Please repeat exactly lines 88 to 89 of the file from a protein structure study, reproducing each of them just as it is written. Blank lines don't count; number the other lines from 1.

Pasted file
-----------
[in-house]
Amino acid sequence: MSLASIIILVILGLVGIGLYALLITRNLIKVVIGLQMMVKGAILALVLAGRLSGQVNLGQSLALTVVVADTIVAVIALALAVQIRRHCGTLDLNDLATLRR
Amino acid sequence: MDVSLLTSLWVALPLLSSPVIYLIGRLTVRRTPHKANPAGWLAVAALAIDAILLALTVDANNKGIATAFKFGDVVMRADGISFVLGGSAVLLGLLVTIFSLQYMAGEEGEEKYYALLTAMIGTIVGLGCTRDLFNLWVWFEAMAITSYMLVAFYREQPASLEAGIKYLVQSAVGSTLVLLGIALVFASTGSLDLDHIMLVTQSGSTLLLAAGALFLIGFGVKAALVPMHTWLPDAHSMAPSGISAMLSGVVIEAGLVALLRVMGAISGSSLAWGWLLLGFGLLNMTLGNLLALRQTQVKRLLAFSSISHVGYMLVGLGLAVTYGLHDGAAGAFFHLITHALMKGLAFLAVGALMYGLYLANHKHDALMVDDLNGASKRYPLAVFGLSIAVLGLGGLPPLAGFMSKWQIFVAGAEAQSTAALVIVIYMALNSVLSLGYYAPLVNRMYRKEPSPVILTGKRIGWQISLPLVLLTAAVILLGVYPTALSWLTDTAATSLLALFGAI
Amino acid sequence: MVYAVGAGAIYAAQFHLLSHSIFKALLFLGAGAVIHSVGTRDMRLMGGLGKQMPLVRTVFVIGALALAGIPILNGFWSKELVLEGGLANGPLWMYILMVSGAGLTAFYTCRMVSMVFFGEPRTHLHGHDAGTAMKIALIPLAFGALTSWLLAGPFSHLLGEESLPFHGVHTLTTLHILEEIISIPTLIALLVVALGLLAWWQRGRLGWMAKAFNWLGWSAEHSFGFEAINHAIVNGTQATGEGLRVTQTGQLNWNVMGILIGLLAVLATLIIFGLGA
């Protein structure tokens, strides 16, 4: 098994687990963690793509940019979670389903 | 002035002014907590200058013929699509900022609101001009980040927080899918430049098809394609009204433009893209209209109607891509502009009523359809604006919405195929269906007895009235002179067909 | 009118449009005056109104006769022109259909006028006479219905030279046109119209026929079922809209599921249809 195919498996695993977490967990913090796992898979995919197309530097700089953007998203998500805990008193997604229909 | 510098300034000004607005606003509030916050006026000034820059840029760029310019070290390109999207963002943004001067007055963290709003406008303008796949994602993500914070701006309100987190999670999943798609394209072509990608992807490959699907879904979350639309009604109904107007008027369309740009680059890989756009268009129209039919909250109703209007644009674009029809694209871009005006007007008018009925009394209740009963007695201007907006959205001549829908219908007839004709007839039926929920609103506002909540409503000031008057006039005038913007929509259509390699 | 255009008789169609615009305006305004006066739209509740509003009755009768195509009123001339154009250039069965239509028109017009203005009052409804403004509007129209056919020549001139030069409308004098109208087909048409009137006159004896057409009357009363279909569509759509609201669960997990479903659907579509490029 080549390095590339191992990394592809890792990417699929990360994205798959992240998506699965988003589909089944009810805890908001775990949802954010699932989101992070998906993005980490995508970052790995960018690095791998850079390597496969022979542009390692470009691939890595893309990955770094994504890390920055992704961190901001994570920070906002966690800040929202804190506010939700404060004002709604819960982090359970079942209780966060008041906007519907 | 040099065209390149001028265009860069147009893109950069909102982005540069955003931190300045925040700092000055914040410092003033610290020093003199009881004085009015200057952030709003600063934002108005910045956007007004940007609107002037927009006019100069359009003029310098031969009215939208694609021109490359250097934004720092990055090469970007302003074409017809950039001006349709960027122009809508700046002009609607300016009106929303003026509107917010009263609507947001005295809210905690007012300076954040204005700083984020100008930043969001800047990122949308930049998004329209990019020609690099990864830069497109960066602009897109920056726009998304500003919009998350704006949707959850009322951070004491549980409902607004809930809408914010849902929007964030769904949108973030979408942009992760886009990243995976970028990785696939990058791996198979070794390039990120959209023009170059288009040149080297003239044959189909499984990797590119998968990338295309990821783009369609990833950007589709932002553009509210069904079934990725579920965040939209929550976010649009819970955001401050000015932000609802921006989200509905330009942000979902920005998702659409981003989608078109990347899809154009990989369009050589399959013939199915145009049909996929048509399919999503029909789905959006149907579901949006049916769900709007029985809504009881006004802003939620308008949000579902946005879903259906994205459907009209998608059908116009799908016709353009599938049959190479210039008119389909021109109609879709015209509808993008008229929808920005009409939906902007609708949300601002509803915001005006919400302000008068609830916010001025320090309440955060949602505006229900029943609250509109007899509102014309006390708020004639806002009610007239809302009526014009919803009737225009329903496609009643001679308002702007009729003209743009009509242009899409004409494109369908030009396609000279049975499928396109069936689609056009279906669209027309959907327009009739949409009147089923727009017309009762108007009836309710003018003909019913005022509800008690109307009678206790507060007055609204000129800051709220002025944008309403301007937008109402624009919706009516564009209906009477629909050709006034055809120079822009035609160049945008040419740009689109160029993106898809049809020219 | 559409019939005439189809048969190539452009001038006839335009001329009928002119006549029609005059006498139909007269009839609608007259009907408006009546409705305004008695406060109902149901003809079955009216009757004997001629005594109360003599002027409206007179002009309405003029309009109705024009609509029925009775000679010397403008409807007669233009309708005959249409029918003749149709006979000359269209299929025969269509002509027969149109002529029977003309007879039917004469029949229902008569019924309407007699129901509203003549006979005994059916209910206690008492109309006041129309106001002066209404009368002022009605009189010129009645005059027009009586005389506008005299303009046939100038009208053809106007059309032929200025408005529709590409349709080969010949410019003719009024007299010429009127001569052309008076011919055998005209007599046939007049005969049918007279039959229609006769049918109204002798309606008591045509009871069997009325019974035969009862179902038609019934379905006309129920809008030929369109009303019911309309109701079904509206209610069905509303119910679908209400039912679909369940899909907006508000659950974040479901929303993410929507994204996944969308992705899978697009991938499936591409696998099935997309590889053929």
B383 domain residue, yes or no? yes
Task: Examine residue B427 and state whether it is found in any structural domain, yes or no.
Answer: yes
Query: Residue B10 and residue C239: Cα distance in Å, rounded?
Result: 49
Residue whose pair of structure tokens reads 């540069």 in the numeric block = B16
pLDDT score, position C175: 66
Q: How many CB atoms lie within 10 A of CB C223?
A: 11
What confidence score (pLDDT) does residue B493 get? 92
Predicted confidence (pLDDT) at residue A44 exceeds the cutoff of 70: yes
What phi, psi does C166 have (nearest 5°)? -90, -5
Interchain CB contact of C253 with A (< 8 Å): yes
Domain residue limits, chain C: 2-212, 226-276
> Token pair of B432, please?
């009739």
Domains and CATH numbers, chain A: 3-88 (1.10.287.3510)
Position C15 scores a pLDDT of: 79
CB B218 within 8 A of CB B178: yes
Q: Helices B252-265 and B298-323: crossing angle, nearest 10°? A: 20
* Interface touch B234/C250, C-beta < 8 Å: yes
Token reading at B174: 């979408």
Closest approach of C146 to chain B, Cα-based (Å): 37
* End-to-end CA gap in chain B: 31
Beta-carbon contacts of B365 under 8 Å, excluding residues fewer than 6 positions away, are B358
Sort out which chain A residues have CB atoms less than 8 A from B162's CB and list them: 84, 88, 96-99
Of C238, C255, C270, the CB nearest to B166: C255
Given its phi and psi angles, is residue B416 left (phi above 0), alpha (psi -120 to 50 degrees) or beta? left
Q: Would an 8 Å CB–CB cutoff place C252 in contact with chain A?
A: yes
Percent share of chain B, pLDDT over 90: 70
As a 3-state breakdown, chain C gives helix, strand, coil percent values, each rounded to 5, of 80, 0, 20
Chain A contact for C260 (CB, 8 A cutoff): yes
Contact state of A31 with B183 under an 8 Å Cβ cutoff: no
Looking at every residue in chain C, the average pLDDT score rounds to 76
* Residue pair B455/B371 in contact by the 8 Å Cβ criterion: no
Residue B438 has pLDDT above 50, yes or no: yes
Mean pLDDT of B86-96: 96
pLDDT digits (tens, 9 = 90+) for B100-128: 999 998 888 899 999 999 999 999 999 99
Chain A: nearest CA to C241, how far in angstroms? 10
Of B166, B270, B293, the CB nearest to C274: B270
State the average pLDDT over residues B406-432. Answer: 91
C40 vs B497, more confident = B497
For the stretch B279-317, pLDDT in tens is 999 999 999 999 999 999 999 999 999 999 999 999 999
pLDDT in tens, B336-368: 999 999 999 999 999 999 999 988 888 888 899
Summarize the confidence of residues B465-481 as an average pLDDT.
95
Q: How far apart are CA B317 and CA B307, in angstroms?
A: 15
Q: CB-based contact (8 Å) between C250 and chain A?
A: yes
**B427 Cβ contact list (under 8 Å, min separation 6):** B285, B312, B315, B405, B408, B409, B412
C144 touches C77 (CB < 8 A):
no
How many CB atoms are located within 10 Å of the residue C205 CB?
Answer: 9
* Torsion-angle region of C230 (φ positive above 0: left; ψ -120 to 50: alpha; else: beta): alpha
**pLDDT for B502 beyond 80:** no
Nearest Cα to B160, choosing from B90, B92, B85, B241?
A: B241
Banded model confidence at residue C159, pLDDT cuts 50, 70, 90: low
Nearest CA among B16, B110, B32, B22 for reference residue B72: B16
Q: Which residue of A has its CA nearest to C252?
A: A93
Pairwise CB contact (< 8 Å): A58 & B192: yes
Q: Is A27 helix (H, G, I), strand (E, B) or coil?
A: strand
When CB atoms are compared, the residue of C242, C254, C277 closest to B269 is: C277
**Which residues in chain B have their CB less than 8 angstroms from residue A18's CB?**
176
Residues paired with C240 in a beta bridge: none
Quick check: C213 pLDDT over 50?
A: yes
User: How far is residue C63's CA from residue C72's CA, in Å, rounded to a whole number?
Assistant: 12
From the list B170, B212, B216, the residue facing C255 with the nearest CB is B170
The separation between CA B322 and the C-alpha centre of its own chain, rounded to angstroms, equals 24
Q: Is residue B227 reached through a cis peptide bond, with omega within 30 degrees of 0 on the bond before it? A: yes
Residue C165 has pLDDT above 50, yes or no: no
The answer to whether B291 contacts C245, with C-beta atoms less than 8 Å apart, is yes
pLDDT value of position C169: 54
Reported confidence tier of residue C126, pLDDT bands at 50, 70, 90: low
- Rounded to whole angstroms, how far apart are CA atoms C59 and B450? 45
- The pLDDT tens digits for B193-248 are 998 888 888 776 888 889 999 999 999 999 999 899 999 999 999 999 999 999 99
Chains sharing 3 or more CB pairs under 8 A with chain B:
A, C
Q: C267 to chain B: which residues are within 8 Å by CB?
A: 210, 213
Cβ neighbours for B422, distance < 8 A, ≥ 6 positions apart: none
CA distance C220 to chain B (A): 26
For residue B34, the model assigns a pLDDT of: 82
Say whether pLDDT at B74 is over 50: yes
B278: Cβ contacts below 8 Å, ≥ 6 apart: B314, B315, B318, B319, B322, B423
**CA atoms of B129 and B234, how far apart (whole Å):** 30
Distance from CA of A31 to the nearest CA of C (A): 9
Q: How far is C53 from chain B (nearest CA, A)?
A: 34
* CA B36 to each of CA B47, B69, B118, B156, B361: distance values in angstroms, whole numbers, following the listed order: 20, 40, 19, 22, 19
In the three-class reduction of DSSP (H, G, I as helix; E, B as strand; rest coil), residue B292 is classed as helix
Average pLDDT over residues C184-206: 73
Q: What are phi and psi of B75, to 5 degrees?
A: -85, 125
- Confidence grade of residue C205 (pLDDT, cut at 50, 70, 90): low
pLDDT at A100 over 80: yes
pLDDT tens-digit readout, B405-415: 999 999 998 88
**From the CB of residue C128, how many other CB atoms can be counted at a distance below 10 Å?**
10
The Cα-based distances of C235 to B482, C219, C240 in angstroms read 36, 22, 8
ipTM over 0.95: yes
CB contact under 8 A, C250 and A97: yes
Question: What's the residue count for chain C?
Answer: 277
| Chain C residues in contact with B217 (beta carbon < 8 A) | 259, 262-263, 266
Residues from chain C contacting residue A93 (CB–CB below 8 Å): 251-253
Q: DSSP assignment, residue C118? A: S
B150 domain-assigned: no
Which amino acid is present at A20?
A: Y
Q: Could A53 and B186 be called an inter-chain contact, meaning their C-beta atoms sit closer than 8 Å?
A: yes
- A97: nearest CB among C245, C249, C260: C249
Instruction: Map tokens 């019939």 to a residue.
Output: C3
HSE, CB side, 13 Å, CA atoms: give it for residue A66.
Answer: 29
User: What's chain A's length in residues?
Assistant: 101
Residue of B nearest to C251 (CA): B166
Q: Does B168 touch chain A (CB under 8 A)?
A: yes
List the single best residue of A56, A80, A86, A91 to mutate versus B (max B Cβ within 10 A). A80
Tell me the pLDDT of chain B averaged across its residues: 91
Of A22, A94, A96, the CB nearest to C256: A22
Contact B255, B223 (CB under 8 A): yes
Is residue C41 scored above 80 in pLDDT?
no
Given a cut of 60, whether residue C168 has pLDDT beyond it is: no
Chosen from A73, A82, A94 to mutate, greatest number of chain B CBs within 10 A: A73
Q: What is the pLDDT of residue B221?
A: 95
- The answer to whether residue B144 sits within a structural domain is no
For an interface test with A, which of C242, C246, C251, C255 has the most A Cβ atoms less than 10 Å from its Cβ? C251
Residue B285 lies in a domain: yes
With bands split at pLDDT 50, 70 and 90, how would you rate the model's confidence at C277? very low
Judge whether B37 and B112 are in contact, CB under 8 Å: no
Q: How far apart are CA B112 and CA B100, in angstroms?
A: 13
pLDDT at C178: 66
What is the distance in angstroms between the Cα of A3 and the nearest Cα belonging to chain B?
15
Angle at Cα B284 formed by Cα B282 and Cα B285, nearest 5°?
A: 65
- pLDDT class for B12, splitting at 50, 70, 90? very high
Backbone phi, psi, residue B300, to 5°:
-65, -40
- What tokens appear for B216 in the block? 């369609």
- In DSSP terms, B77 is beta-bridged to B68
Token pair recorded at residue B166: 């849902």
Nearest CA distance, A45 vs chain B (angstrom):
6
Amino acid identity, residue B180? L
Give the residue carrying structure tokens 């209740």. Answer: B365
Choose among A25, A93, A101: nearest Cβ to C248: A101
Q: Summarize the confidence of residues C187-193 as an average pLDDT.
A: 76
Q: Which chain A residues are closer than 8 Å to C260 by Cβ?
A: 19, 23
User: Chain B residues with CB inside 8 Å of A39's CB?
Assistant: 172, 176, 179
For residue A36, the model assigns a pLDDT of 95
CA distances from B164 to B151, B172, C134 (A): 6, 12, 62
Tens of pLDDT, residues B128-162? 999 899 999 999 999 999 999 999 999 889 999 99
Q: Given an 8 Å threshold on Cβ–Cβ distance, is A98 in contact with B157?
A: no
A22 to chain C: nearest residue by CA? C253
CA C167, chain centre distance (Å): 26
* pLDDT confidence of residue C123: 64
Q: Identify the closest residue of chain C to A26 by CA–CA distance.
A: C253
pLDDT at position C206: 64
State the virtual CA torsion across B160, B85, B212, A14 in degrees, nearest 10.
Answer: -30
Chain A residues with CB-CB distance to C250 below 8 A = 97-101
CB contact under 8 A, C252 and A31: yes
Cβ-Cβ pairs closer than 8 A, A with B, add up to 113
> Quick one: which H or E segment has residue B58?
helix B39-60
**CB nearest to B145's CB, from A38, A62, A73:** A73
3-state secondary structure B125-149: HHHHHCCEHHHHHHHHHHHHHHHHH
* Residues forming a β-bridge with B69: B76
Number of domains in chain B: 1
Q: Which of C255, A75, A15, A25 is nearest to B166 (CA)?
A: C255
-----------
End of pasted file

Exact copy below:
- Rounded to whole angstroms, how far apart are CA atoms C59 and B450? 45
- The pLDDT tens digits for B193-248 are 998 888 888 776 888 889 999 999 999 999 999 899 999 999 999 999 999 999 99